If you feel like you’re stonewalling during a conflict, stop the discussion and ask your partner to take a break:

“Alright, I’m feeling too angry to keep talking about this. Can we please take a break and come back to it in a bit? It’ll be easier to work through this after I’ve calmed down.”

Then take 20 minutes to do something alone that soothes you—read a book or magazine, take a walk, go for a run, really, just do anything that helps to stop feeling flooded—and then return to the conversation once you feel ready.

The Antidotes to the Four Horsemen

Being able to identify the Four Horsemen in your conflict discussions is a necessary first step to eliminating them, but this knowledge is not enough. To drive away destructive communication and conflict patterns, you must replace them with healthy, productive ones.

Fortunately, each horseman has a proven positive behavior that will counteract negativity. Click here to learn about the antidotes.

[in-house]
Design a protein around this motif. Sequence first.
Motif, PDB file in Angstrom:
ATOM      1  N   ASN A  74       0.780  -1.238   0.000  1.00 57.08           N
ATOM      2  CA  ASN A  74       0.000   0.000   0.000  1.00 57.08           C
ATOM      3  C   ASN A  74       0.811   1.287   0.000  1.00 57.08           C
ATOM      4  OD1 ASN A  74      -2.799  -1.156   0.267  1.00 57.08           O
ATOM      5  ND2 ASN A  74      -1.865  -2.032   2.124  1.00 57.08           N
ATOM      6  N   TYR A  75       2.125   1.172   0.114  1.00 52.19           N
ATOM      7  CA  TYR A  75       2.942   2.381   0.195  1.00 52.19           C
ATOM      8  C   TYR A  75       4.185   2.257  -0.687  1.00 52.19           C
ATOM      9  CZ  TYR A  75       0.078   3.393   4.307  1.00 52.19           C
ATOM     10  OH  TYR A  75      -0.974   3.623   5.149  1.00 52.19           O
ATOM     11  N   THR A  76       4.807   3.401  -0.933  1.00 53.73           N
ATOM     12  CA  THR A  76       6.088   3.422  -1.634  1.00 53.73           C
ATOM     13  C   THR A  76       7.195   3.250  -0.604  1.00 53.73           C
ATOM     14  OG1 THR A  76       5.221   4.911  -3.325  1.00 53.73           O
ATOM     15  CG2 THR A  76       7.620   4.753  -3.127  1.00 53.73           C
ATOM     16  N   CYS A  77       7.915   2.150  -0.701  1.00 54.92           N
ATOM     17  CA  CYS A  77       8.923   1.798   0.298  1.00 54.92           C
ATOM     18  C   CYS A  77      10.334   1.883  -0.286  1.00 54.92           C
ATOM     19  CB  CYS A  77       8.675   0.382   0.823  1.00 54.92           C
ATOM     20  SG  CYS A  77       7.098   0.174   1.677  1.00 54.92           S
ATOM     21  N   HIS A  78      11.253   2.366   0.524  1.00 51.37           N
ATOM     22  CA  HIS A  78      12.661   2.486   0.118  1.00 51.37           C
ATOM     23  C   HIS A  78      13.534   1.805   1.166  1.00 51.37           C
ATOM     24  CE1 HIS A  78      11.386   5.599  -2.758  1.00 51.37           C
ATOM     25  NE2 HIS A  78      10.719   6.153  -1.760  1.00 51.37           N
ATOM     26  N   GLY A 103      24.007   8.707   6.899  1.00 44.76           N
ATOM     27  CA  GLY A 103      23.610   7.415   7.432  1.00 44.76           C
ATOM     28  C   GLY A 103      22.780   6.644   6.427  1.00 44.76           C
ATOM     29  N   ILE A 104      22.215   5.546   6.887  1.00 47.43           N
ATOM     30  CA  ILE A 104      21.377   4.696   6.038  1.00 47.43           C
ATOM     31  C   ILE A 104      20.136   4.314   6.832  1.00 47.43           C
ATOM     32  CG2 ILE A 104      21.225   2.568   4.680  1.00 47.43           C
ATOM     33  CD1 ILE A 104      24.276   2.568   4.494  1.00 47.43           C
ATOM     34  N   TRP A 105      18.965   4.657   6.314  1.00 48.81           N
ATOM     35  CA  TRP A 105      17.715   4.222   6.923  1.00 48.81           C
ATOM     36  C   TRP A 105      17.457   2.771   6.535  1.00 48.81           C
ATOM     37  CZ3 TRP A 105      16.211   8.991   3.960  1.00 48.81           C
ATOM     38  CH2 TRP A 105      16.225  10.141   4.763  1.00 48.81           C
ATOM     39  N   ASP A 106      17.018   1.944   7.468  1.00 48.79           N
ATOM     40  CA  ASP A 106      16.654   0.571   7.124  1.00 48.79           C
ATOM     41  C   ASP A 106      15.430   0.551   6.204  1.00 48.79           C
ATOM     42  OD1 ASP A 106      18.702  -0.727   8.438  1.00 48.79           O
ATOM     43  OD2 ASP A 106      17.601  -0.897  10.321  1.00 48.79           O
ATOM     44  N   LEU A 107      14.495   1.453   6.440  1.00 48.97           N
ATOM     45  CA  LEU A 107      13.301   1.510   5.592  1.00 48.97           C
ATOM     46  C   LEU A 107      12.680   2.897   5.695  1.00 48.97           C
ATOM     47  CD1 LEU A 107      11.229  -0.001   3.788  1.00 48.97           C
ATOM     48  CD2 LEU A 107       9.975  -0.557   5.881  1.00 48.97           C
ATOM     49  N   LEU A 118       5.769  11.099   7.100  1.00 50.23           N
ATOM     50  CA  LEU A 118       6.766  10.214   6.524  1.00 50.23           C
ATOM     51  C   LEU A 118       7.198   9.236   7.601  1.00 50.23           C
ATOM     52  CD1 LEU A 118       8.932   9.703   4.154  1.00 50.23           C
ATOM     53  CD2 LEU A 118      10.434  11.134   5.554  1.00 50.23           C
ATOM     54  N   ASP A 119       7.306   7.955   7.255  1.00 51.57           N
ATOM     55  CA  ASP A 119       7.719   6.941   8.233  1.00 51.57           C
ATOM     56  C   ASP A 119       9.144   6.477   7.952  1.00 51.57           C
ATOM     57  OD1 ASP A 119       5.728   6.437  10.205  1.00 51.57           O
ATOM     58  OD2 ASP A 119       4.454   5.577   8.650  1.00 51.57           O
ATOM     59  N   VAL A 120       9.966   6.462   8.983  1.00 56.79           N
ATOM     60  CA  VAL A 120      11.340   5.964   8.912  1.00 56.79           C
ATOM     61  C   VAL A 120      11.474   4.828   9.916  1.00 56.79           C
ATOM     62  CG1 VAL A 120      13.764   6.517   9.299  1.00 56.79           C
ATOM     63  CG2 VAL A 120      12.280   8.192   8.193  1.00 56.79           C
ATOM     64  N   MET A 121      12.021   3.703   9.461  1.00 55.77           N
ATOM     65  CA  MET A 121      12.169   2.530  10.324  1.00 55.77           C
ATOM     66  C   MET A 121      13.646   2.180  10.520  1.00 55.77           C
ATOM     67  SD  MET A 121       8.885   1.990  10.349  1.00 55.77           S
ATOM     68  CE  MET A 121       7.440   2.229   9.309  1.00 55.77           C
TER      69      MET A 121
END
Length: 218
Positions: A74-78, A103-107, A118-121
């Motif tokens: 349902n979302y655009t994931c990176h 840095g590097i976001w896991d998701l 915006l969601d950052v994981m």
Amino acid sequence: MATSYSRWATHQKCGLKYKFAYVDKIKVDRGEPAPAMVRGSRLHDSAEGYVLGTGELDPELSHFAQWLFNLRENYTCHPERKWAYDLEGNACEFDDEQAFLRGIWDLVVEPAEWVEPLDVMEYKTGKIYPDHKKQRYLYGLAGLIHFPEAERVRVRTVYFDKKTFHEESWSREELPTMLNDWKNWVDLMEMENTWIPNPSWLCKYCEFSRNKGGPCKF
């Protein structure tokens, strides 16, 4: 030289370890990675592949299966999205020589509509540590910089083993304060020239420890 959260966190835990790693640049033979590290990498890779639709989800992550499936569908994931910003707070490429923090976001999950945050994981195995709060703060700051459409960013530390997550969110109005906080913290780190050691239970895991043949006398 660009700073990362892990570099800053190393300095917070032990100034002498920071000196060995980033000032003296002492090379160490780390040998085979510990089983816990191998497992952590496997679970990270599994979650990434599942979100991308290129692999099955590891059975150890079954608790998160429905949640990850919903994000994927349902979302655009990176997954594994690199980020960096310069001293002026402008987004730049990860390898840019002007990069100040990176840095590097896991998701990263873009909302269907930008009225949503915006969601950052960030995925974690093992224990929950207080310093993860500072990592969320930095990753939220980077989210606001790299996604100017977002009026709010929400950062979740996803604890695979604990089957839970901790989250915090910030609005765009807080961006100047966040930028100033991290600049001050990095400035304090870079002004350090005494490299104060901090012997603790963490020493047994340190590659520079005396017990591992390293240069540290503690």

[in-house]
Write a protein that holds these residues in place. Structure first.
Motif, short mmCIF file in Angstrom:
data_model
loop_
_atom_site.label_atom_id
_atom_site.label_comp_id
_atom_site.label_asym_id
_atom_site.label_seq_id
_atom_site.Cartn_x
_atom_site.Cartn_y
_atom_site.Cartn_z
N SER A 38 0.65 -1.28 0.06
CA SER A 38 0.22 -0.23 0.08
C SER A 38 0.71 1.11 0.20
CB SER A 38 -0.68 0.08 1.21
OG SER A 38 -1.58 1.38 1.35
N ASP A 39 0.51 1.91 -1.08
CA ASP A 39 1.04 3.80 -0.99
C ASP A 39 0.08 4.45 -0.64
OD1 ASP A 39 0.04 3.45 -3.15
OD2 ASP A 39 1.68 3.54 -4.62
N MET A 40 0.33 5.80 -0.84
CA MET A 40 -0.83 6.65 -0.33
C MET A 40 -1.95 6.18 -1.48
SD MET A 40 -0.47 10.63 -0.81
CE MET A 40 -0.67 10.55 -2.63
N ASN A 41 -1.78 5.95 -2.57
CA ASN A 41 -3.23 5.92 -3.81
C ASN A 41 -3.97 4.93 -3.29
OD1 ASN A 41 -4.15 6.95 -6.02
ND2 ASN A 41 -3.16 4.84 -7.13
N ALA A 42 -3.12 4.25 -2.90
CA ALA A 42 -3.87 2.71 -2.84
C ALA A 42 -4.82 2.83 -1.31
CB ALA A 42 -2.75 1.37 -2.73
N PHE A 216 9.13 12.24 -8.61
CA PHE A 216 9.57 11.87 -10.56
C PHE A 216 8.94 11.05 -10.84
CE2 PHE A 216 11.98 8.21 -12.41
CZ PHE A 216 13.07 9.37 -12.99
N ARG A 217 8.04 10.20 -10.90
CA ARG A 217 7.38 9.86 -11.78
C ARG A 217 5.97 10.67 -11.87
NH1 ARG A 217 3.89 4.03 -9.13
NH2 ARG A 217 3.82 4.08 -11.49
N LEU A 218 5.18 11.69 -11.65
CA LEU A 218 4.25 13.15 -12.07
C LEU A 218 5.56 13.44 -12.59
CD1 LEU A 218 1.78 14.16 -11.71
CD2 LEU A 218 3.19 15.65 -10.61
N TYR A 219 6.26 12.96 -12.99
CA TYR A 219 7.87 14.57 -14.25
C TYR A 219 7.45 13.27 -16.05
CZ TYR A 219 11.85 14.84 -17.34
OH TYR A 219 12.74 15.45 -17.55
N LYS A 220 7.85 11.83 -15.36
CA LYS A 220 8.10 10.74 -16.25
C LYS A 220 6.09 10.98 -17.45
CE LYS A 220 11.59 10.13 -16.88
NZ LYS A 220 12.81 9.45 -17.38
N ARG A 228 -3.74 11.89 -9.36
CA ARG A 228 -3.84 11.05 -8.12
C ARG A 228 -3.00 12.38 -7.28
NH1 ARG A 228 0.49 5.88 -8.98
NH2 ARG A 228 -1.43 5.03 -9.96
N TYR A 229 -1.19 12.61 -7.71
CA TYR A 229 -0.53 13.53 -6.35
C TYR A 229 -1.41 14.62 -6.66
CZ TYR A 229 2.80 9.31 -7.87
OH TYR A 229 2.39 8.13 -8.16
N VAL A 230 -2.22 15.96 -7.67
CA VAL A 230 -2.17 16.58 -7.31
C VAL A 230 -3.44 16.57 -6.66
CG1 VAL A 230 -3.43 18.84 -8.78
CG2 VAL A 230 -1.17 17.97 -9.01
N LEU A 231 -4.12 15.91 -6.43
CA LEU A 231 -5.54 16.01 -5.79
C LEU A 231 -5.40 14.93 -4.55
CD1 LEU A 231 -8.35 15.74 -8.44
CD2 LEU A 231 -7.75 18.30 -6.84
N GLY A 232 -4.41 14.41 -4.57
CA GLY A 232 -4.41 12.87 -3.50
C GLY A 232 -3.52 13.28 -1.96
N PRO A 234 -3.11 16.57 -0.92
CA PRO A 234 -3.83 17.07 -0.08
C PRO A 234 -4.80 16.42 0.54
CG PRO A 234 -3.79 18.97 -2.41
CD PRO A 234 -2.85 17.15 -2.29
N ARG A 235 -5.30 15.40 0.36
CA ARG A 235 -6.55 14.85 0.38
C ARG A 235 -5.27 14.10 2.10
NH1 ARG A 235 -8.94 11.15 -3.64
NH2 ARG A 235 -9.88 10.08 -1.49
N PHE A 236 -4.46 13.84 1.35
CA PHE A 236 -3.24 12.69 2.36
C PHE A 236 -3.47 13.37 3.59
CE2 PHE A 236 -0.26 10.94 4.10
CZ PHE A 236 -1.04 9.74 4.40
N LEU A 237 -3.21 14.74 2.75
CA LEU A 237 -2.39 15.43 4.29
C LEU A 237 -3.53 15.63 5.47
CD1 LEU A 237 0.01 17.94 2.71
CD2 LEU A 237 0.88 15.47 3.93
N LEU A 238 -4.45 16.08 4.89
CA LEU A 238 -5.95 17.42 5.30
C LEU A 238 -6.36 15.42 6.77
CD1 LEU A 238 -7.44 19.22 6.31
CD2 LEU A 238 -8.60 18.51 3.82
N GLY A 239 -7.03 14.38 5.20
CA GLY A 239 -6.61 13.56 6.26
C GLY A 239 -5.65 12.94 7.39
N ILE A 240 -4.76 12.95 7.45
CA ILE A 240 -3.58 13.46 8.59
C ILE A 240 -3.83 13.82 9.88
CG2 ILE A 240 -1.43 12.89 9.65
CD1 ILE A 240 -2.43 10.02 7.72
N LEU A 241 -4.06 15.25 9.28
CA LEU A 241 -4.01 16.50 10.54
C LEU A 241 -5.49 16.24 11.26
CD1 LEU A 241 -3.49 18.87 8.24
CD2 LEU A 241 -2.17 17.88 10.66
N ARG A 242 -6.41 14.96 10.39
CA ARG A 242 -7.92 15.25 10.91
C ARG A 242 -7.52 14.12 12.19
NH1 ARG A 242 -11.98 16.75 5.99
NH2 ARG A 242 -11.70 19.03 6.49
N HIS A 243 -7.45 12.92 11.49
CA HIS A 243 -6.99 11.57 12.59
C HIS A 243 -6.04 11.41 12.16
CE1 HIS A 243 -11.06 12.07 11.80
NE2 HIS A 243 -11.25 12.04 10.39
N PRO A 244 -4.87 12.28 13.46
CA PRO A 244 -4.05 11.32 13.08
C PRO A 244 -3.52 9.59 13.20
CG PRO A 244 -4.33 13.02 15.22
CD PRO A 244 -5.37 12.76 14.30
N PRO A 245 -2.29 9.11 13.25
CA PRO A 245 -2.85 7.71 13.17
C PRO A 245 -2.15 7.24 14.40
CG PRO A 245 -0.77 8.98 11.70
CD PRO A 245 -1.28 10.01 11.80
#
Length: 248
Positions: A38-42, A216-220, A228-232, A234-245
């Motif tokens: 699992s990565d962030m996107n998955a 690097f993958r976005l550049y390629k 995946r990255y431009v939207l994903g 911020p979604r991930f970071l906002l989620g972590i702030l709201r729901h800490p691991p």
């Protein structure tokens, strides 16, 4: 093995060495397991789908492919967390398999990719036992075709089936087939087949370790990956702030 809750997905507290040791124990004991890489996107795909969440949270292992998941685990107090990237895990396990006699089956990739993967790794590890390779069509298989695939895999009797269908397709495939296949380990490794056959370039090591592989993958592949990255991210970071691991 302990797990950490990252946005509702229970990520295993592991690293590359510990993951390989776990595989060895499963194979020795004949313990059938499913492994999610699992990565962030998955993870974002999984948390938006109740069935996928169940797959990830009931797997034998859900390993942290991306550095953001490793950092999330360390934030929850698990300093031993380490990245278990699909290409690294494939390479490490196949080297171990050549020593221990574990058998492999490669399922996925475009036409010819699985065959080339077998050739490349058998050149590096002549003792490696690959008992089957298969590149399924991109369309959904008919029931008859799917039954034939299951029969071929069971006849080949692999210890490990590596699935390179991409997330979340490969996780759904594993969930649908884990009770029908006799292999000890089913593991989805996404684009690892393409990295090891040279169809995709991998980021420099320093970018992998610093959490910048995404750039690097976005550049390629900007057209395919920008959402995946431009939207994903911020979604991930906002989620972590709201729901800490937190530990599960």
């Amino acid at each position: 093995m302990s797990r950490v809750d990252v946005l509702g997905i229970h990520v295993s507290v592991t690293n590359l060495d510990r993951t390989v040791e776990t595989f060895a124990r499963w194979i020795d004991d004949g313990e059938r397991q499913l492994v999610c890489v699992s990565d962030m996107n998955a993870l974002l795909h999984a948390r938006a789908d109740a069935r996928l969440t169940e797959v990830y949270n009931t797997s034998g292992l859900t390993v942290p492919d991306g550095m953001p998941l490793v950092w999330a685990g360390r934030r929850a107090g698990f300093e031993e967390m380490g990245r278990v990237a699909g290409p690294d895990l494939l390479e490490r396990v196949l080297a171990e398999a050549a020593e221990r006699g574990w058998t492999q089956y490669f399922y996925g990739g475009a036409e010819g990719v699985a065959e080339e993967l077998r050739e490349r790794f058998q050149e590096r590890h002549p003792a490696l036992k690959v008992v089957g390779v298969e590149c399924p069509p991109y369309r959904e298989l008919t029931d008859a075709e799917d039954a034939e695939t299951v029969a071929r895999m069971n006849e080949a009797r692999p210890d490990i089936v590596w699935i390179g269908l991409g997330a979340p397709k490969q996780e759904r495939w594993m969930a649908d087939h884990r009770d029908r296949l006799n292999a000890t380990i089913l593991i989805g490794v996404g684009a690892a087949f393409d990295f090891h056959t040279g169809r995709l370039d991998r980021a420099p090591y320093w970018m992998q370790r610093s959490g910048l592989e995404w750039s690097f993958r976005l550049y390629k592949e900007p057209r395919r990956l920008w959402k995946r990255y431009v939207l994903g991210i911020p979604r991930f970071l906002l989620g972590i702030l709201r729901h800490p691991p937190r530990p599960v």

This One Thing is the Biggest Predictor of Divorce

SOURCE: Eva Van Prooyen/The Gottman Institute

You may know Dr. John Gottman as “the guy that can predict divorce with over 90% accuracy.” His life’s work on marital stability and divorce prediction has been well documented in the national media, and it was even featured in the #1 bestseller Blink by Malcolm Gladwell.

After watching thousands of couples argue in his lab, he was able to identify specific negative communication patterns that predict divorce. He called them The Four Horsemen of the Apocalypse, and they are criticism, contempt, defensiveness, and stonewalling.